Editor's note: "iPhones experienced weightlessness almost as soon as the first clumsy consumer bought - and dropped - one. The other day I had a chance to take my iPhone aboard a Zero Gravity Corporation weightless flight sponsored by the Northrop Grumman Foundation. My iPhone experienced a dozen weightless episodes - and still works just fine. I decided to play the Apple iTunes TV advertisement featuring U2's "Vertigo" on my iphone." [See video]

I will have something a little more substantive about this experience online in a day or so.

NASA ARC Internal Memo; Aircraft Use at NASA Ames Moffett Airfield

"You may have seen stories recently in the news media regarding agreements between NASA Ames and the principals of Google to operate aircraft out of Moffett field. Here are the facts: ..."

Wanting To Have It Both Ways

NASA gives Google founders a coveted parking place for their private jet, IHT

"How did the two billionaires get such a coveted parking place? Officials at NASA Ames Research Center said the space agency signed an agreement signed last month that allowed it to place instruments and scientists on planes owned by principals of H211, which in addition to the Boeing 767-200 includes two Gulfstream Vs, to collect scientific data on some flights. In exchange, NASA will receive about $1.3 million in annual fees for being host to the plane at Moffett, said Steven Zornetzer, associate director for institutions and research at NASA Ames Research Center. "It was an opportunity for us to defray some of the fixed costs we have to maintain the airfield as well as to have flights of opportunity for our science missions," Zornetzer said. "It seemed like a win-win situation." NASA said it had already run one mission on one of the Gulfstream Vs to observe the Aurigid meteor shower Aug. 31."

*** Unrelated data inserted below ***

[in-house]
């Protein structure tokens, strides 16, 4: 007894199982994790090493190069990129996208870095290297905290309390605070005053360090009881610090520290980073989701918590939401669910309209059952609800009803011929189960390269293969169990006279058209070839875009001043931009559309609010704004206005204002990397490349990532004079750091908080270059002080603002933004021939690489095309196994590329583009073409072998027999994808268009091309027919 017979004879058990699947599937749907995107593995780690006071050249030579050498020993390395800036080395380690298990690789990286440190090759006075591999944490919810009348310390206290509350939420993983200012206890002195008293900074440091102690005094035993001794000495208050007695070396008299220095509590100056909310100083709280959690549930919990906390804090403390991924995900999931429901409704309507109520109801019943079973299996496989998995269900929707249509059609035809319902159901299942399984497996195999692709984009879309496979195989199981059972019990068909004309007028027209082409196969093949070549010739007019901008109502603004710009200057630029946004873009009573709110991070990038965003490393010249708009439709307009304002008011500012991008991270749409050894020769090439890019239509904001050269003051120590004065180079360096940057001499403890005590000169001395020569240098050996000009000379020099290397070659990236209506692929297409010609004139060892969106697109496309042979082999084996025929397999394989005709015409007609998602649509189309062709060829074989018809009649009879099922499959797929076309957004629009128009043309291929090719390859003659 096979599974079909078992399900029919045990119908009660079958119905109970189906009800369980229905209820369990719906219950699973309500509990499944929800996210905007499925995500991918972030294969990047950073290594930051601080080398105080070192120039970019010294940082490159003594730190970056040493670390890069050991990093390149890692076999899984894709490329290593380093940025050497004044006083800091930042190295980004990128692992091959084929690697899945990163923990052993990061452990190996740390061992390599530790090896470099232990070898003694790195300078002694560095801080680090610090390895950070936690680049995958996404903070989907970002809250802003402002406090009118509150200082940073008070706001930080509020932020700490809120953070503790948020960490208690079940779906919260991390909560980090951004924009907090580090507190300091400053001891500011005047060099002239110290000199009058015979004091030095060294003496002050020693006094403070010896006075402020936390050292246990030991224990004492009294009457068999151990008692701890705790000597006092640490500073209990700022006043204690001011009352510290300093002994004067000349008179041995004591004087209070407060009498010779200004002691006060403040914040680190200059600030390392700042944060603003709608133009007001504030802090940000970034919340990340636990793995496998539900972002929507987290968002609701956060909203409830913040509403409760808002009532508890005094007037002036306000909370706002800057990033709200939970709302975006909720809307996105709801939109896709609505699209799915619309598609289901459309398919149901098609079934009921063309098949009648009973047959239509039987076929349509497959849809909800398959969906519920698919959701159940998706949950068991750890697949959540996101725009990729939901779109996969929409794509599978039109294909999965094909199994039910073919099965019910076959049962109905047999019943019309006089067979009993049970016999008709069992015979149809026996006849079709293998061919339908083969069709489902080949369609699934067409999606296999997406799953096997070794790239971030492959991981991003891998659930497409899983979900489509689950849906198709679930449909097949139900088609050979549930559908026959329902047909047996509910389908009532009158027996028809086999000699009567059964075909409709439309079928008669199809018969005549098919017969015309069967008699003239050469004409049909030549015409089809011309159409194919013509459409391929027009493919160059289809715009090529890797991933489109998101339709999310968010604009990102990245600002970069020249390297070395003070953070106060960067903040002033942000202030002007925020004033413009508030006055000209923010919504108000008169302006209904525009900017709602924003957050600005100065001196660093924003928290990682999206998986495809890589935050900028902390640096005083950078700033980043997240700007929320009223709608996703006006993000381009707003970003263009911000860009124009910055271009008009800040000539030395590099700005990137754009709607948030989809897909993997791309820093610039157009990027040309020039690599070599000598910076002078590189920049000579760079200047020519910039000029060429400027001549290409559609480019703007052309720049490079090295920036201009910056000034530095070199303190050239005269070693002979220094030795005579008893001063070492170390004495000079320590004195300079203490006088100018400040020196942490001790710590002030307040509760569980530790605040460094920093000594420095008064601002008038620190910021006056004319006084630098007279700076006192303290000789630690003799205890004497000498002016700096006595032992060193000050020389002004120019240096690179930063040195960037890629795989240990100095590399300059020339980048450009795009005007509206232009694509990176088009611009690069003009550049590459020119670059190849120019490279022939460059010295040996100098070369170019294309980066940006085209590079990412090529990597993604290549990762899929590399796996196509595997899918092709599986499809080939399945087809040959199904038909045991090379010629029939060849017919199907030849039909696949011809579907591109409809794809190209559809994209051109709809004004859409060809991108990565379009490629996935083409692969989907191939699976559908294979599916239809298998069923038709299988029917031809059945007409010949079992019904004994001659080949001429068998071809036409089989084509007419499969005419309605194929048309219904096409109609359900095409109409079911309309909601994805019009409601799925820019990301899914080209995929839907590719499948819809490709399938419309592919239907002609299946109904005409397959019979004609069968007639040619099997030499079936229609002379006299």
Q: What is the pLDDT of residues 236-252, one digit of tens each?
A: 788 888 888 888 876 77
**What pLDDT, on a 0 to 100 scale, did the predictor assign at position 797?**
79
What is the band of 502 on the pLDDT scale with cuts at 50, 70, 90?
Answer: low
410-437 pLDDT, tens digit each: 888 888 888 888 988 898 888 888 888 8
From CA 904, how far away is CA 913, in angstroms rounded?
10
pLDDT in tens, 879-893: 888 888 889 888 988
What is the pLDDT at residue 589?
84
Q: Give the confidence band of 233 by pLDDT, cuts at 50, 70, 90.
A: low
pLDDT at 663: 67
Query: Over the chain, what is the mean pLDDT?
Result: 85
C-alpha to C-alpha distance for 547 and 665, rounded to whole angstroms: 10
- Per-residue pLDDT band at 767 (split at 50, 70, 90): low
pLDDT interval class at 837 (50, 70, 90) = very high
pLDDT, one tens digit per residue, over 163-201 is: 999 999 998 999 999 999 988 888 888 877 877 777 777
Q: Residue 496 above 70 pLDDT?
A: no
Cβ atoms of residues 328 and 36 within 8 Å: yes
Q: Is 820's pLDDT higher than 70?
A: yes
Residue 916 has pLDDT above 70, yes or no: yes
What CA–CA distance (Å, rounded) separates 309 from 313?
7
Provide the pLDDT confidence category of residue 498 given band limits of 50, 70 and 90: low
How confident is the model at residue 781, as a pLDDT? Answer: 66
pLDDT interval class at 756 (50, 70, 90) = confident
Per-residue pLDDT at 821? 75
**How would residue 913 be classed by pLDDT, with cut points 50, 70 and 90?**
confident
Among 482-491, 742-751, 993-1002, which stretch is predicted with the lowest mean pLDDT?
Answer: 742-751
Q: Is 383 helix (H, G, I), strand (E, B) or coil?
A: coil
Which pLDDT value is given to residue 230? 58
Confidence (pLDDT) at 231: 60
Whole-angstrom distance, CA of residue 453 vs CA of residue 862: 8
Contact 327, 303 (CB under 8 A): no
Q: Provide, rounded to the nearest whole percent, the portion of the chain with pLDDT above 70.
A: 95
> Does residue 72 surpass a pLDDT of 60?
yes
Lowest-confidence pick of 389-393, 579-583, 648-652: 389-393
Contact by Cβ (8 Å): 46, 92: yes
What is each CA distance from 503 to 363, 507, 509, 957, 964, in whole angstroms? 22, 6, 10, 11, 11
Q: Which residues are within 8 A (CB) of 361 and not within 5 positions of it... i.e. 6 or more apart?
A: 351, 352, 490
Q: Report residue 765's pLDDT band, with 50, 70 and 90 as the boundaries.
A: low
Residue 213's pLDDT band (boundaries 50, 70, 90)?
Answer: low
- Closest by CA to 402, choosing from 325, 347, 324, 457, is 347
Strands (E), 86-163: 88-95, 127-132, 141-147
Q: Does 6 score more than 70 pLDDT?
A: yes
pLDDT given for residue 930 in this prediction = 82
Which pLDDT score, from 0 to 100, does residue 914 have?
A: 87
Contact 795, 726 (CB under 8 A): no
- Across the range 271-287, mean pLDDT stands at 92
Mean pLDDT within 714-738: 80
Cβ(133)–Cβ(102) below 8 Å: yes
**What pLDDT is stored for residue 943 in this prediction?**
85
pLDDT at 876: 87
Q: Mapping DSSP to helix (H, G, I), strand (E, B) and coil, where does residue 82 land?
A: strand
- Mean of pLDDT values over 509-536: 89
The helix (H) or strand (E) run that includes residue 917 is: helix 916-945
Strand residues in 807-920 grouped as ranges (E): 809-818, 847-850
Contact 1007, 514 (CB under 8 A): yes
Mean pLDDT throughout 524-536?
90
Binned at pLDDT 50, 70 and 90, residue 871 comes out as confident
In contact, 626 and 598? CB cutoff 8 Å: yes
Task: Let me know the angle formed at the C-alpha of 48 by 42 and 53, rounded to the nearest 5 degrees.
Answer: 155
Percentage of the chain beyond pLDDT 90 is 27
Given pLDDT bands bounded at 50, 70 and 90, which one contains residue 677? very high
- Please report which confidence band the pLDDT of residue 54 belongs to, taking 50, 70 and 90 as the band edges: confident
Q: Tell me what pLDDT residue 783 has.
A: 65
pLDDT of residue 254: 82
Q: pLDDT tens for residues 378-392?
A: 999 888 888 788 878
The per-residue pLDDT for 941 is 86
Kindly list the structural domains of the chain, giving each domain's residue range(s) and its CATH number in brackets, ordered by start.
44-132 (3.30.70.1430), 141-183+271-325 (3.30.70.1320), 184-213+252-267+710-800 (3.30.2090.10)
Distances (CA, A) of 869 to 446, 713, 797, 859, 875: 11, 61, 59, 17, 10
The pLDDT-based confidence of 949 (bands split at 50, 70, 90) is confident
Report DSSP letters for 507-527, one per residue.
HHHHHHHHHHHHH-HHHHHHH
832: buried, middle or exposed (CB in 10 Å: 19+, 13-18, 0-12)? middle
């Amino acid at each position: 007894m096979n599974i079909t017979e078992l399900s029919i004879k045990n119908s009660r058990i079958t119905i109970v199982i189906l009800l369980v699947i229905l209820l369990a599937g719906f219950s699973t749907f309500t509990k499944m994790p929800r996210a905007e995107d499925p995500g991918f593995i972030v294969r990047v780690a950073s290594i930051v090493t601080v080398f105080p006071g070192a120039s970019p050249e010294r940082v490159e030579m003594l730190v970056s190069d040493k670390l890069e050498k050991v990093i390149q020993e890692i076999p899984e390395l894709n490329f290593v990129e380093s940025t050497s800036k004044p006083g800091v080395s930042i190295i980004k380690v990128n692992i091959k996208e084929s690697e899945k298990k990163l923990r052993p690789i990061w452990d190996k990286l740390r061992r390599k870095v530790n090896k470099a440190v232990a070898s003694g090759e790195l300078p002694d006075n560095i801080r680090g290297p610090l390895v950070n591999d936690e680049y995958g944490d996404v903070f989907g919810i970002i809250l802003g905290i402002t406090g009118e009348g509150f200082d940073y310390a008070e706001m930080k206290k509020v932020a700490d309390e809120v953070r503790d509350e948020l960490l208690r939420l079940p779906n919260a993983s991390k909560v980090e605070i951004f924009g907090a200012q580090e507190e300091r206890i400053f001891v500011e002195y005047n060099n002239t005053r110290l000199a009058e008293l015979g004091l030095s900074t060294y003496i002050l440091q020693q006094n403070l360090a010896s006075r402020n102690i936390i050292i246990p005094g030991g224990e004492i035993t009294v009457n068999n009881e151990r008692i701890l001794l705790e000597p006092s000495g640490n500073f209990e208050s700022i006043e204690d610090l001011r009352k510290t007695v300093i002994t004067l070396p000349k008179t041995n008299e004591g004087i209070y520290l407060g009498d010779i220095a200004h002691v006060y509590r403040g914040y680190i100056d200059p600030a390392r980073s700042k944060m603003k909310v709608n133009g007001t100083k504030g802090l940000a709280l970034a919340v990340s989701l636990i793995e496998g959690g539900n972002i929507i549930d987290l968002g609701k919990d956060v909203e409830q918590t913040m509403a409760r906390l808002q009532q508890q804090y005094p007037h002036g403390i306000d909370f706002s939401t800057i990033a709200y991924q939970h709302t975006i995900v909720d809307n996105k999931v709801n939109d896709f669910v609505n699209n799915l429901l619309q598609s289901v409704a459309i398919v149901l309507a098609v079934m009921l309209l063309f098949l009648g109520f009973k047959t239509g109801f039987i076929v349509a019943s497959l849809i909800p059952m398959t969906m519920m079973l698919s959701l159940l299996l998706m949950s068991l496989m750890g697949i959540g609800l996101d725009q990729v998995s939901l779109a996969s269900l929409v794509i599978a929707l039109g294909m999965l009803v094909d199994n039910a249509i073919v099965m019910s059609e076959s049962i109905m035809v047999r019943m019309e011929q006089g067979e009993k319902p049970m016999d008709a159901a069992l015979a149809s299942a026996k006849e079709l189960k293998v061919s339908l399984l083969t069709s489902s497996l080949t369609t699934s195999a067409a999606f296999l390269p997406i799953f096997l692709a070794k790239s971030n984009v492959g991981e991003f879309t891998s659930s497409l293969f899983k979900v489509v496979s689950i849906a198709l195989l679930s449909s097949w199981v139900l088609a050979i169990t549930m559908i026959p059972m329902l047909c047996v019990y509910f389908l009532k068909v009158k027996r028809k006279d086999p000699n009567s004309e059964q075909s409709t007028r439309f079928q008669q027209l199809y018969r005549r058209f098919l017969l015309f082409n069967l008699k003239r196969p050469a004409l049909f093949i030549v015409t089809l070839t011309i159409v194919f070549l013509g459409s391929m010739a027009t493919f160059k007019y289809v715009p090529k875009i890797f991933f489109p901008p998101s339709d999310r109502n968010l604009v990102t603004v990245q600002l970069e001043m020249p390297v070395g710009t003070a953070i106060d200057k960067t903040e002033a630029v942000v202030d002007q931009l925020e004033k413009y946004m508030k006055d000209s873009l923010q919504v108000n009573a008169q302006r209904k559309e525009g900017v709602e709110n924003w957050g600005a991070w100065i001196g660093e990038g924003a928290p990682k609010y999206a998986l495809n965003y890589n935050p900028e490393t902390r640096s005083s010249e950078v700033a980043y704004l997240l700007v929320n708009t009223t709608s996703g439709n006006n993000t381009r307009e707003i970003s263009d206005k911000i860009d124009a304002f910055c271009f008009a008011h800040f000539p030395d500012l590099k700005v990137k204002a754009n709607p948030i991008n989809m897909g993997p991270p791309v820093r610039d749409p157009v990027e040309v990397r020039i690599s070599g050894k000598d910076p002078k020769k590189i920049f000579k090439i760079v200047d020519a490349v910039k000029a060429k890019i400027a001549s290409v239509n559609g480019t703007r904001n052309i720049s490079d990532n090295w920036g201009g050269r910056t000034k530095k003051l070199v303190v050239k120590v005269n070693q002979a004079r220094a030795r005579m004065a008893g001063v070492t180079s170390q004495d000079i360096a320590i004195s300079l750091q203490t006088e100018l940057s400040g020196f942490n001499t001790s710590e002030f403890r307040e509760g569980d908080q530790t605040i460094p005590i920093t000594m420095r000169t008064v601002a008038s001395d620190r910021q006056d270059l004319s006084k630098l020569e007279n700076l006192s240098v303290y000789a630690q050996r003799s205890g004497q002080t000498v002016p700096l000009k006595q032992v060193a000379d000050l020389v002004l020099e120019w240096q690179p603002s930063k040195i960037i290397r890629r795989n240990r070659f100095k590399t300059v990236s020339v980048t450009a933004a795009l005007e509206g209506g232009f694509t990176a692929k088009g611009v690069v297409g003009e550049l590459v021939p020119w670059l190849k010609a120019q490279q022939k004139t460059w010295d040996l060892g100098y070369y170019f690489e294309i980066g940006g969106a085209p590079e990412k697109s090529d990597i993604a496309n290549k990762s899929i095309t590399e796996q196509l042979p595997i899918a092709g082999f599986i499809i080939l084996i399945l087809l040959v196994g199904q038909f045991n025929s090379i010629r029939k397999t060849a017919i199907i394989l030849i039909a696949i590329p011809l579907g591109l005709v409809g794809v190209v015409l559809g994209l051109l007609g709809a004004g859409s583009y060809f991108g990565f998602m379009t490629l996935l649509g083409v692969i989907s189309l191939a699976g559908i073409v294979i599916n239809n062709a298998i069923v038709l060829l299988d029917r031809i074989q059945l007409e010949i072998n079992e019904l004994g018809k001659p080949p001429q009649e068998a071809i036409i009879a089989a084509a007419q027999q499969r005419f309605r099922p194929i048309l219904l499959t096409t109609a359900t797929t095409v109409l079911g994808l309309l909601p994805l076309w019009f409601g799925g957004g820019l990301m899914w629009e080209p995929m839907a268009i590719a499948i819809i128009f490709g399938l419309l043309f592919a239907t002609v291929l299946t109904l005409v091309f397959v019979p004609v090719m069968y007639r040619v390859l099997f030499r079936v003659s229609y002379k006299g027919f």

Editor's note: Funny how the folks in Mountain View don't complain about free Google WiFi and all of the benefits (taxes, jobs) that come from having Google in their midst. Now Google and NASA (another big employeer) find a way to help defray the costs of keeping a local asset functioning and suddenly that's not good? You can't have it both ways folks.

NASA Ends RpK's COTS Hopes

NASA Cuts Funds for Private Space Venture, Wall Street Journal

"U.S. space officials, after several attempts to help resuscitate a private space venture led by closely held Rocketplane Kistler Inc., have issued a default letter effectively cutting off future federal assistance for the proposed $1 billion reusable rocket project, industry officials said."

RpK's COTS Contract Terminated, Aerospace Daily & Defense Report

"NASA has informed Congress it is terminating its Commercial Orbital Transportation Services (COTS) agreement with Rocketplane Kistler (RpK) because the company has failed to meet financial milestones. Aides said that after reviewing the company's performance, the space agency sent RpK formal notification Sept. 7 saying that additional activity under the agreement is "not in the best interest" of NASA."

Mega Space Prize

Largest Space Prize Ever to Be Announced at Wired's NextFest September 13th, Wired

"The X Prize Foundation (the people who brought you the $10 million dollar Ansari X Prize for the first private sub-orbital flights won by Scaled Composites' Burt Rutan) just sent out an invitation to the September 13th, 2007 announcement of their next, and largest ever, space prize. Did I say space prize? I did."